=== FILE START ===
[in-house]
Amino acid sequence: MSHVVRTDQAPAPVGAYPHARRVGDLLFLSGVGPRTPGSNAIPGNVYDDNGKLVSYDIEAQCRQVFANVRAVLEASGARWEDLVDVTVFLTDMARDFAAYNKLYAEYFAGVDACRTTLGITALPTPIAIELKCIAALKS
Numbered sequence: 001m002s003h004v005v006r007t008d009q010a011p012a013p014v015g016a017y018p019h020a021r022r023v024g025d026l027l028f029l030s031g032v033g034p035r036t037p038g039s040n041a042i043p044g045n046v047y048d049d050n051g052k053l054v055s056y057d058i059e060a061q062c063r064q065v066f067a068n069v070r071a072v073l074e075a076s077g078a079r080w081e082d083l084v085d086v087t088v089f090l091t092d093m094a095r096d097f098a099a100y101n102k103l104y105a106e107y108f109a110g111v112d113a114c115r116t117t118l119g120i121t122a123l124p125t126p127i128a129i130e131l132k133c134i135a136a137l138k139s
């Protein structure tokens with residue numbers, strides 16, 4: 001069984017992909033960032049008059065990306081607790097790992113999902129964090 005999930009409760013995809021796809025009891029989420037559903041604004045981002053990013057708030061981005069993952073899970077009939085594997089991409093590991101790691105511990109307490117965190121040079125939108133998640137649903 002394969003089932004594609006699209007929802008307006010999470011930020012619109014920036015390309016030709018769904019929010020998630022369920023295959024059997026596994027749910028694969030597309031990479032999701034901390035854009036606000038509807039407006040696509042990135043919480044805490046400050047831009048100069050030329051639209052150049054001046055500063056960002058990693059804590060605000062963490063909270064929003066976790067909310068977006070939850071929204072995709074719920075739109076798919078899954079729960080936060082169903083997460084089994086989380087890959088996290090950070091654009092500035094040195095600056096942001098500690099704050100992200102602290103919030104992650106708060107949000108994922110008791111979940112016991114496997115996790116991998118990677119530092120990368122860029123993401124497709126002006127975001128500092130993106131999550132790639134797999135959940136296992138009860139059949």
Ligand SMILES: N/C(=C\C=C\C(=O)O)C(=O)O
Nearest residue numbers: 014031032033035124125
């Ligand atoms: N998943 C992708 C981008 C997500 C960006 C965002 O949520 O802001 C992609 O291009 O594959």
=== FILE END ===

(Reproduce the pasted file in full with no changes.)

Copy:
[in-house]
Amino acid sequence: MSHVVRTDQAPAPVGAYPHARRVGDLLFLSGVGPRTPGSNAIPGNVYDDNGKLVSYDIEAQCRQVFANVRAVLEASGARWEDLVDVTVFLTDMARDFAAYNKLYAEYFAGVDACRTTLGITALPTPIAIELKCIAALKS
Numbered sequence: 001m002s003h004v005v006r007t008d009q010a011p012a013p014v015g016a017y018p019h020a021r022r023v024g025d026l027l028f029l030s031g032v033g034p035r036t037p038g039s040n041a042i043p044g045n046v047y048d049d050n051g052k053l054v055s056y057d058i059e060a061q062c063r064q065v066f067a068n069v070r071a072v073l074e075a076s077g078a079r080w081e082d083l084v085d086v087t088v089f090l091t092d093m094a095r096d097f098a099a100y101n102k103l104y105a106e107y108f109a110g111v112d113a114c115r116t117t118l119g120i121t122a123l124p125t126p127i128a129i130e131l132k133c134i135a136a137l138k139s
């Protein structure tokens with residue numbers, strides 16, 4: 001069984017992909033960032049008059065990306081607790097790992113999902129964090 005999930009409760013995809021796809025009891029989420037559903041604004045981002053990013057708030061981005069993952073899970077009939085594997089991409093590991101790691105511990109307490117965190121040079125939108133998640137649903 002394969003089932004594609006699209007929802008307006010999470011930020012619109014920036015390309016030709018769904019929010020998630022369920023295959024059997026596994027749910028694969030597309031990479032999701034901390035854009036606000038509807039407006040696509042990135043919480044805490046400050047831009048100069050030329051639209052150049054001046055500063056960002058990693059804590060605000062963490063909270064929003066976790067909310068977006070939850071929204072995709074719920075739109076798919078899954079729960080936060082169903083997460084089994086989380087890959088996290090950070091654009092500035094040195095600056096942001098500690099704050100992200102602290103919030104992650106708060107949000108994922110008791111979940112016991114496997115996790116991998118990677119530092120990368122860029123993401124497709126002006127975001128500092130993106131999550132790639134797999135959940136296992138009860139059949």
Ligand SMILES: N/C(=C\C=C\C(=O)O)C(=O)O
Nearest residue numbers: 014031032033035124125
């Ligand atoms: N998943 C992708 C981008 C997500 C960006 C965002 O949520 O802001 C992609 O291009 O594959």